In 2012, he voted to reauthorize the expiring Violence Against Women Act.


Heck was the president, owner, and medical director of Specialized Medical Operations until 2011. The company provided medical training, consulting, and operational support to law enforcement agencies, EMS, and military special operations. Heck has lectured and is published on special operations medical support, the medical response to acts of terrorism, and emergency preparedness and response.

In 2011, as a representative, Heck voted to prevent the EPA from regulating greenhouse gases.

Heck supports an audit of the Federal Reserve and a balanced budget amendment to the Constitution. Heck voted against increasing the debt limit in 2011, stating “Raising the debt ceiling without significant spending cuts will only prolong the uncertainty preventing an economic recovery”.

In 2011, Heck called Social Security a “pyramid scheme”. The remark aroused a political controversy in Nevada, and Heck clarified that he meant to refer to it as an “inverted pyramid”. He has suggested that today’s young people may need to retire later to keep the program fiscally viable.

In 2011, Heck voted for the National Defense Authorization Act for Fiscal Year 2012. In 2011, Heck voted not to withdraw American troops from the war in Afghanistan.

In 2011, he voted to prohibit federal funding of National Public Radio, and to support the continuing use of federal funds for NASCAR sponsorships.


In 2010, he signed the Americans for Prosperity’s No Climate Tax pledge. He supports an “all of the above” energy policy which includes natural gas, domestic oil production, and alternative energy sources such as wind, solar, hydropower, geothermal and nuclear.

Heck easily defeated primary opponent Sharron Angle, who had narrowly lost to Harry Reid in 2010. Heck’s campaign received millions of dollars of indirect support from the Koch brothers, according to the New York Times. The Kochs paid for ads on his behalf and for millions of dollars of ads against his rival, and whose organizations have 30 paid staff members working in Nevada. Heck was, in the 3rd quarter of 2016, the House member receiving the largest amount of political donations. His opponents, including organized labor and environmental groups, spent significant sums on advertising against him.


After redistricting, Heck decided to run in the newly redrawn 3rd district, which Obama won in 2008 with 54% of the vote. On November 6, he defeated Speaker of the Nevada Assembly John Oceguera 50%–43%.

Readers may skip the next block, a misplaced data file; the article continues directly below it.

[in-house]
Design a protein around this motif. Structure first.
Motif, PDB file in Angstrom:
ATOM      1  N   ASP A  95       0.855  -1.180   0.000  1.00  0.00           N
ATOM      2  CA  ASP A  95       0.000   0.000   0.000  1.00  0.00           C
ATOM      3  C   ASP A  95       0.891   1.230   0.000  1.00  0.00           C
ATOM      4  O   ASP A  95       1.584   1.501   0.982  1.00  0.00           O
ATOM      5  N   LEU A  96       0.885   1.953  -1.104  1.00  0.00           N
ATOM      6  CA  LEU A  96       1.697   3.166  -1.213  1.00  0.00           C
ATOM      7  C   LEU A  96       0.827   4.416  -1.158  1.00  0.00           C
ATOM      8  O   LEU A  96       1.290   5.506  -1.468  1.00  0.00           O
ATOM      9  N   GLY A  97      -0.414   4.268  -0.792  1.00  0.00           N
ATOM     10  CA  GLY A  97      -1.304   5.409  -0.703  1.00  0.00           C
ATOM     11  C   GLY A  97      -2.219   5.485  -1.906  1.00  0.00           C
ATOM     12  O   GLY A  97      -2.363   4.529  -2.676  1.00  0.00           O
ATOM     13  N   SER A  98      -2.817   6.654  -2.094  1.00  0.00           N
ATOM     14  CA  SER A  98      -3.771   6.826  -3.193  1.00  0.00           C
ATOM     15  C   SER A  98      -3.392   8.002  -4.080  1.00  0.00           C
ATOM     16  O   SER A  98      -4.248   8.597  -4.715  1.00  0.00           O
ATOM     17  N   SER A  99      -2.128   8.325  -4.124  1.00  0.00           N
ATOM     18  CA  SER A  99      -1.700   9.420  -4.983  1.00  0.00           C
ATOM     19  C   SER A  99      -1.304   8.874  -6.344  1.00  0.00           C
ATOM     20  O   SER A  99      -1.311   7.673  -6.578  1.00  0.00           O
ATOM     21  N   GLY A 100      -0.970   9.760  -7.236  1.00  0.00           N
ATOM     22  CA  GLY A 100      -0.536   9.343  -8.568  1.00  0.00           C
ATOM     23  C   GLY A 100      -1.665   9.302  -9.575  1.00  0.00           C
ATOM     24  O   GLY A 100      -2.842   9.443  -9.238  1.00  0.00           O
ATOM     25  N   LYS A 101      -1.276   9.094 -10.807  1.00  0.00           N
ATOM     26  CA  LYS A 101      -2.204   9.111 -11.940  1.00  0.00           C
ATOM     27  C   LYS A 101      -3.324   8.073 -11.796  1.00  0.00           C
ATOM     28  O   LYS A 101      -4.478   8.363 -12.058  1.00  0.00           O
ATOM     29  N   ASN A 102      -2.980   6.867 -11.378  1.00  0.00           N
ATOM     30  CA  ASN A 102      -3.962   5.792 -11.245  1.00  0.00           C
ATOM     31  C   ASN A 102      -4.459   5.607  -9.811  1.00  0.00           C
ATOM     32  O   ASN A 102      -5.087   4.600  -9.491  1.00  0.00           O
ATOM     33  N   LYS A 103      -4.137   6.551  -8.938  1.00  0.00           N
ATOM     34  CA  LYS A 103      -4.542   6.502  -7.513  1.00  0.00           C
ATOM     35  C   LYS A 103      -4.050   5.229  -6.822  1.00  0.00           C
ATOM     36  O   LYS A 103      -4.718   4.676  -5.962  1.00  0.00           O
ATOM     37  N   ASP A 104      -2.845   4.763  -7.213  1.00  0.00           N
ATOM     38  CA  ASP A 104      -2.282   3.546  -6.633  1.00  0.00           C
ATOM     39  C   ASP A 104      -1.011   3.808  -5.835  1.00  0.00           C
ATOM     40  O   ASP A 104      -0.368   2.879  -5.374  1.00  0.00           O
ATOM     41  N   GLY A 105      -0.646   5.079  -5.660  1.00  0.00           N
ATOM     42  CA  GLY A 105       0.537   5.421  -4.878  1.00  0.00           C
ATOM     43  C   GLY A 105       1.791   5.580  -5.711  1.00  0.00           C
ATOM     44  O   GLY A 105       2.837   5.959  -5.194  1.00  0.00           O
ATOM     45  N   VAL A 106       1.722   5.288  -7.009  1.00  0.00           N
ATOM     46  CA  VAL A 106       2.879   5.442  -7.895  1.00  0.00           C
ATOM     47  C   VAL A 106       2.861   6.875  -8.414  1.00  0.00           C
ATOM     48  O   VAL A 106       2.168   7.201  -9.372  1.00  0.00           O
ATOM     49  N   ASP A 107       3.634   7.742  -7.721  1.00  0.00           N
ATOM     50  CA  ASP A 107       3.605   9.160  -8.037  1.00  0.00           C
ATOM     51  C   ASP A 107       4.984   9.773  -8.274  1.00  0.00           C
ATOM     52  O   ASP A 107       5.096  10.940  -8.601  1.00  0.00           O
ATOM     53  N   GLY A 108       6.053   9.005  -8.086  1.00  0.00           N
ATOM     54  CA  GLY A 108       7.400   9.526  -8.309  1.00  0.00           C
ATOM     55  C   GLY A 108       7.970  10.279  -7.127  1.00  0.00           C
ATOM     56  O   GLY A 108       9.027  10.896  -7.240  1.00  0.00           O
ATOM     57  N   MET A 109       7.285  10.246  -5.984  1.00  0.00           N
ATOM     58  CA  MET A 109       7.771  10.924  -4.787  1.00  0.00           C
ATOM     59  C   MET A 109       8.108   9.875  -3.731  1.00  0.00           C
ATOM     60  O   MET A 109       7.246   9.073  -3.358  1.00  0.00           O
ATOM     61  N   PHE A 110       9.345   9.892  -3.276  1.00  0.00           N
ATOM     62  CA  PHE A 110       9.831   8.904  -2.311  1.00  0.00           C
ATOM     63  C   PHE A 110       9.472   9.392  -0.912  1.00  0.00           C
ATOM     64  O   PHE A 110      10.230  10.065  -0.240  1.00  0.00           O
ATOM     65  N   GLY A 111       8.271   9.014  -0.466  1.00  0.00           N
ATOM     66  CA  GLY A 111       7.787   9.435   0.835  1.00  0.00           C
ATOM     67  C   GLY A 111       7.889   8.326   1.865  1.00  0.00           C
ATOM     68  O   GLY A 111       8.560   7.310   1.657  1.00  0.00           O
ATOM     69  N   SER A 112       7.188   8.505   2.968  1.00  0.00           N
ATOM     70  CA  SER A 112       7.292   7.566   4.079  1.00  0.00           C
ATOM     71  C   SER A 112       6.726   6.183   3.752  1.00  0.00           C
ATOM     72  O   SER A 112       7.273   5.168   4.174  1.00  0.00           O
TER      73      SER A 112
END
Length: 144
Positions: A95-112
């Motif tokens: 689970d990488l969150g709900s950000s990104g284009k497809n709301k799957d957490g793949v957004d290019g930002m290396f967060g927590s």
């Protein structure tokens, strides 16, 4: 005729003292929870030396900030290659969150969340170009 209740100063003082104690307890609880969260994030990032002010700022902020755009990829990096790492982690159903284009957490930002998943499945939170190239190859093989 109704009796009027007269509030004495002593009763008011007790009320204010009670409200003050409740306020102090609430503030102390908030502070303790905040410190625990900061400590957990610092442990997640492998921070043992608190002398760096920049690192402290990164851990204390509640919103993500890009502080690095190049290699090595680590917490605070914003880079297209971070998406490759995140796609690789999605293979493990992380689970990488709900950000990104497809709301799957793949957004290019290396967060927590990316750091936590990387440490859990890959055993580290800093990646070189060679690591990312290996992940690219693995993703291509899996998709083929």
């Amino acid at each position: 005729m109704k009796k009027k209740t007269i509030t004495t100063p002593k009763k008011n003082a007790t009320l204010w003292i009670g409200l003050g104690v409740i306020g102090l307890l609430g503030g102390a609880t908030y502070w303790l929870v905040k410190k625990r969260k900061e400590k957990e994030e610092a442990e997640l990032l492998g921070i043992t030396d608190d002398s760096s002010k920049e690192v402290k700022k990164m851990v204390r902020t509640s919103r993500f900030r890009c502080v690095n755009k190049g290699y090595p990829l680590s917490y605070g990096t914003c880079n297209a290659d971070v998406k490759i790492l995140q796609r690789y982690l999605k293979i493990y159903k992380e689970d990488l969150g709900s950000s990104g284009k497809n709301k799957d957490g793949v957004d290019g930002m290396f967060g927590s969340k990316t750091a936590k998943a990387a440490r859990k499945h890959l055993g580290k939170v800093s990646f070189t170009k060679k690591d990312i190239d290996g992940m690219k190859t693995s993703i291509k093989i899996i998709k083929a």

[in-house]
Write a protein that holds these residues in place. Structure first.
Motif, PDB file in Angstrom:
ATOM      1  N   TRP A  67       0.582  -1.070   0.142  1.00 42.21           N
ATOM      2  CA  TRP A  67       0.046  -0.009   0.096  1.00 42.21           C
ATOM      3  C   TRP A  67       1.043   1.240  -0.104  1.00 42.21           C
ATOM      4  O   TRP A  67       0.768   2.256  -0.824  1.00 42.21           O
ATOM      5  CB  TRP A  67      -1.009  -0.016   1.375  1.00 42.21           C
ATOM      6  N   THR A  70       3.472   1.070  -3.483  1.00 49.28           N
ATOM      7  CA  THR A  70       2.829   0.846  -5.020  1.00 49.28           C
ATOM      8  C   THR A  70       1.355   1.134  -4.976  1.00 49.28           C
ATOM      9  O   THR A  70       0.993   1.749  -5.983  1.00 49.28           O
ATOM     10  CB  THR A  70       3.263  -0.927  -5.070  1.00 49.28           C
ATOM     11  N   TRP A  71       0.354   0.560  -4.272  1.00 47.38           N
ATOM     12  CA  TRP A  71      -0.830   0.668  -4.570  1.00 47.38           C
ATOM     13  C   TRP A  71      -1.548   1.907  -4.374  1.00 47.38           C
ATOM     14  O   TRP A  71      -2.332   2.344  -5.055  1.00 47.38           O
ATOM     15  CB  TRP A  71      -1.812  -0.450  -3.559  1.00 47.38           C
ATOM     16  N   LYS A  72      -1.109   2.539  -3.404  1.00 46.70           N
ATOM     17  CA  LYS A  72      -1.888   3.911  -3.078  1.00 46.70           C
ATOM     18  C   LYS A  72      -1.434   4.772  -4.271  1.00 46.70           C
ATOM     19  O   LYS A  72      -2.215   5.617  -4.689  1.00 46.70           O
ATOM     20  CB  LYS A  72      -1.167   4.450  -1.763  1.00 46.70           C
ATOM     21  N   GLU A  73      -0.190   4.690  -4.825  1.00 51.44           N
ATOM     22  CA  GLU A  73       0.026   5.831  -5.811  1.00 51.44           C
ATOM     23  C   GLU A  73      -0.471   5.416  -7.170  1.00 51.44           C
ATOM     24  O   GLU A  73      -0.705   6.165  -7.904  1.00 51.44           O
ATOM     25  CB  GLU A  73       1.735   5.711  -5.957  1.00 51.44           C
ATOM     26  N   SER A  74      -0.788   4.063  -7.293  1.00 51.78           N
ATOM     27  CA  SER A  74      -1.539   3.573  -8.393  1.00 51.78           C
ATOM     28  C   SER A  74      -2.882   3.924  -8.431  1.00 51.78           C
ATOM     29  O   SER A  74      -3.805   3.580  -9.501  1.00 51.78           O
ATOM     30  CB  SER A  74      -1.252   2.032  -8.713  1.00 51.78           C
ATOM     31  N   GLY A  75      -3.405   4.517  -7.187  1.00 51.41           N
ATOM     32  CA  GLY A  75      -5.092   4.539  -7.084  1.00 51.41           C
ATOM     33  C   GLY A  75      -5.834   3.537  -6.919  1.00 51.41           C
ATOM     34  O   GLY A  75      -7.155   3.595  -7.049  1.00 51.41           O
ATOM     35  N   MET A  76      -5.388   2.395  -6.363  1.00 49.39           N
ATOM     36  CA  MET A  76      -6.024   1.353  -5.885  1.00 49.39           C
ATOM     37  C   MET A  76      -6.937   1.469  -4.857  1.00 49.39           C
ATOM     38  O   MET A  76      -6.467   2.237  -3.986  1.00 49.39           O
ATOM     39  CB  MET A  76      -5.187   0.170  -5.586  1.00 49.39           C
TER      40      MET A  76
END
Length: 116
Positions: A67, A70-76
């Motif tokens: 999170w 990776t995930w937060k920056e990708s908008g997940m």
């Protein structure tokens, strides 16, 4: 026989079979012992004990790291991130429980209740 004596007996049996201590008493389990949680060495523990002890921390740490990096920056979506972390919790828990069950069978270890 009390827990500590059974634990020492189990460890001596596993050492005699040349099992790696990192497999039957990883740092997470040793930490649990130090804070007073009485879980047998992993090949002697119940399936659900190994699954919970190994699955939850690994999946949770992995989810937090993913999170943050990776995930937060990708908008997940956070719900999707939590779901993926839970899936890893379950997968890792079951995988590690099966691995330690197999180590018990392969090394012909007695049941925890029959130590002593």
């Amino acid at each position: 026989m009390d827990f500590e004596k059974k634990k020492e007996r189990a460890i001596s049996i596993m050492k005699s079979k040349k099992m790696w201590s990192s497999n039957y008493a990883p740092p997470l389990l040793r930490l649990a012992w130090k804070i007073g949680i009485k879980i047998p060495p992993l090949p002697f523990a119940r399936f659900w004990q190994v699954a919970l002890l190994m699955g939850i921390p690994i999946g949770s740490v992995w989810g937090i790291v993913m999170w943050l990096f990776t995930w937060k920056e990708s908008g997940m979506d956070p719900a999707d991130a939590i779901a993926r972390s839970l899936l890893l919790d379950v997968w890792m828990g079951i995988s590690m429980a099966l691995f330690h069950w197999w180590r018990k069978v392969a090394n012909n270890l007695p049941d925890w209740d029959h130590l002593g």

Heck was first elected to the Nevada Senate to represent Clark County’s 5th district in 2004, after defeating Senator Ann O’Connell in the Republican primary. Heck narrowly lost re-election in 2008 to Democrat Shirley Breeden by a margin of 47% to 46% and a plurality of 765 votes. Libertarian T. Rex Hagan received 4,754 votes (8%).


From 1998 to 2003, Heck served as the medical director of the Casualty Care Research Center of the Uniformed Services University of the Health Sciences in Bethesda, Maryland, where he provided medical support for several federal law enforcement agencies and oversight for the medical response to acts of terrorism. Heck started his medical career as a volunteer firefighter and ambulance attendant in rural Pennsylvania. He volunteered as a Medical Team Manager with the Nevada Urban Search & Rescue Team – Task Force 1 and as a member of the Las Vegas Metropolitan Police Department Search & Rescue team. He served as a tactical physician with the LVMPD SWAT team.


Heck served in the United States Army Reserve since 1991 and was promoted to brigadier general in 2014. He has commanded a Medical Readiness Support Group overseeing more than 2,000 soldiers in 6 western states, and continues to serve in this capacity while in Congress. He has served in Operation Joint Endeavor, Operation Noble Eagle, and Operation Iraqi Freedom. His last deployment was in January 2008 when he commanded an emergency room in a combat hospital outside Baghdad.


Heck was born in Jamaica, Queens, a neighborhood of New York City, and was raised in Pennsylvania, where he graduated from Wallenpaupack Area High School in 1979. He graduated from the Pennsylvania State University in 1984 with a degree in Health Education. He is a member of the Beta Theta Pi fraternity. He received his Doctor of Osteopathic Medicine in 1988 from the Philadelphia College of Osteopathic Medicine and obtained a residency in Emergency Medicine in 1992 at the Albert Einstein Medical Center. In 1992, he moved to Clark County, Nevada. He earned a Masters of Strategic Studies degree from the U.S. Army War College in 2006.


Joseph John Heck (born October 30, 1961) is an American U.S. Army Brigadier General, physician, and politician who served as the U.S. Representative for Nevada’s 3rd congressional district from 2011 to 2017. Heck, a Republican, is a board-certified physician and served as a Nevada State Senator from 2004 to 2008. He ran for the United States Senate in 2016.